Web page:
State Public-safety Chief Urges DA Rollins to Revisit Policies
By Matt Murphy
State House News Service
BOSTON -- Gov. Charlie Baker’s top public safety official has asked new Suffolk County District Attorney Rachael Rollins to reconsider some of the controversial policies she rolled out in a memo last week, including instructions that prosecutors decline, in many cases, to bring drug distribution charges or prosecute misdemeanors like shoplifting.
Public Safety Secretary Thomas Turco, a Baker appointee, wrote a two-page letter to Rollins on Thursday asking the independently elected district attorney to consider “appropriate revisions” to six specific policies, many having to do with the prosecution of drug crimes.
The letter marks a rare incursion by Gov. Charlie Baker and his team on the discretionary prosecution of crimes by a district attorney at a time when Baker is pushing legislation to toughen the state’s driving-under-the-influence laws and give judges broader discretion to hold defendants who may be a threat to the community.
Turco said the administration agrees with Rollins’s view that the criminal justice system is “ill equipped to solve social problems,” and that mental health, substance abuse and poverty are problems that can’t be solved through prosecution.
“I am concerned, however, that a number of your Office’s newly announced policies do not reflect the careful balance struck in the criminal justice reform bill between reducing unintended long-term consequences of involvement in the criminal justice system and government’s continuing responsibility to ensure public safety,” Turco said.
Rollins published a 65-page memo last week codifying many of the reforms she campaigned on last summer and fall to reduce prison sentences and the address the racially and socially inequitable administration of justice.
One of those reforms is to no longer prosecute certain misdemeanor crimes like trespassing, shoplifting, receiving stolen property, larceny marijuana possession and minor in possession of alcohol.
Turco, however, said many of those crimes often make repeated victims out of business owners in economically challenged neighborhoods.
Rollins also laid out very strict criteria for when her prosecutors should proceed with possession with intent to distribute charges that Turco worried could interfere with law enforcement efforts to disrupt drug distribution networks or bring charges against dealers before their drugs get into the hands of someone struggling with addiction.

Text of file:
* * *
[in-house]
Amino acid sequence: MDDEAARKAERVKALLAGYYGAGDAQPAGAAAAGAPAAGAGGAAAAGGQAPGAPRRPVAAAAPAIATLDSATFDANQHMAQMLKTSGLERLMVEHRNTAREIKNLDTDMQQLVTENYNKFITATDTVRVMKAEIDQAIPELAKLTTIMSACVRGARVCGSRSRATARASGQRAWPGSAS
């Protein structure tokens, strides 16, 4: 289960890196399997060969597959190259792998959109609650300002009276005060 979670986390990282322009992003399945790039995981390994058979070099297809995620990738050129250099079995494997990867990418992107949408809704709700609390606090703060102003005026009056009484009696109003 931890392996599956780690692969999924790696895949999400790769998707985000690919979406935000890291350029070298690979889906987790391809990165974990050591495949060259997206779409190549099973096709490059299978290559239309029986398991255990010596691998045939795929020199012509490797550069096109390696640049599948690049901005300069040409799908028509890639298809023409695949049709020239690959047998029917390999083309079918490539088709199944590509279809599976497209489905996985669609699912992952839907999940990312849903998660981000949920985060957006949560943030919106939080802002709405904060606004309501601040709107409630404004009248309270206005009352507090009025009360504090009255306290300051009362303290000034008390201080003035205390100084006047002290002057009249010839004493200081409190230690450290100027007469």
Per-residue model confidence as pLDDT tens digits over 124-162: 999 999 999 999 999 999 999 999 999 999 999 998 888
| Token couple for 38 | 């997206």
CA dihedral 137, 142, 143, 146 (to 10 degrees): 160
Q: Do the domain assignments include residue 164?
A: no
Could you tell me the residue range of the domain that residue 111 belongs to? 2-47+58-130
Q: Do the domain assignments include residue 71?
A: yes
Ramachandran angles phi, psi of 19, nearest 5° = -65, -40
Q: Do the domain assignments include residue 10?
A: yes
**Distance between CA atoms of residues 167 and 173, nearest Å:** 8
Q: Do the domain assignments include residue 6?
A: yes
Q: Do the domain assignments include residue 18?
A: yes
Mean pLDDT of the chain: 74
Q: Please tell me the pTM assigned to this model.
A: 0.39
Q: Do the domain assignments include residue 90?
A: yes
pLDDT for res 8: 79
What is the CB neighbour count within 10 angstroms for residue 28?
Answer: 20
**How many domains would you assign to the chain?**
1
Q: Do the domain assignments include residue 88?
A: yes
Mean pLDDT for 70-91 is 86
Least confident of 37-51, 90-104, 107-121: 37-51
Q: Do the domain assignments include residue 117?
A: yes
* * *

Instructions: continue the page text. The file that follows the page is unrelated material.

“Several of the policies announced in the Memo would, if implemented as proposed, put at risk the commonwealth’s ongoing efforts to combat the ongoing crisis of the opioid epidemic and substantially restrict the government’s ability to protect victims threatened with serious crimes,” Turco said.
“As the elected District Attorney of Suffolk County, I represent the interests of people who overwhelmingly voted for the bold changes I’ve made,” Rollins said in response to Turco. “Secretary Turco may not answer to the electorate that I do, but I welcome his input all the same. That’s why I was sure to provide him with a copy of my memo last week. There is no question that working together we can improve public policy while protecting public safety, and I would gladly have taken his call.
She added, “I’m excited that the Secretary shares my commitment to addressing and preventing the violent crime that overwhelmingly affects Black and Brown people in Suffolk County. My prosecutors distinguish between petty offenses and serious criminal conduct every single day, and I’d be happy to address his hypothetical concerns with some of our real world experience anytime he wants to pick up the phone.”
The Baker administration did not comment on the district attorney’s directive to staff that they notify her or her top aides if anyone sees Immigration and Customs Enforcement officers arresting or questioning defendants in or near the courthouse.
Instead, the secretary focused on the prosecution of drug crimes as well as Rollins’s presumptive limit on the review of a defendant’s criminal history to 36 months and her discouragement of requests to the court for conditions of pre-trial release such as stay-away orders, GPS monitoring, and substance abuse testing.
Turco took issue with both those policies, as well as the instruction not to prosecute someone for operating a motor vehicle with a license that has been suspended for refusing to take a breath test.
The latter rule, Turco said, would “undermine our drunk driving laws and make our roads more dangerous,” while the former would preclude persons charged with crimes against children from being ordered and monitored to stay away from playgrounds or gang members from being kept out of rival neighborhoods.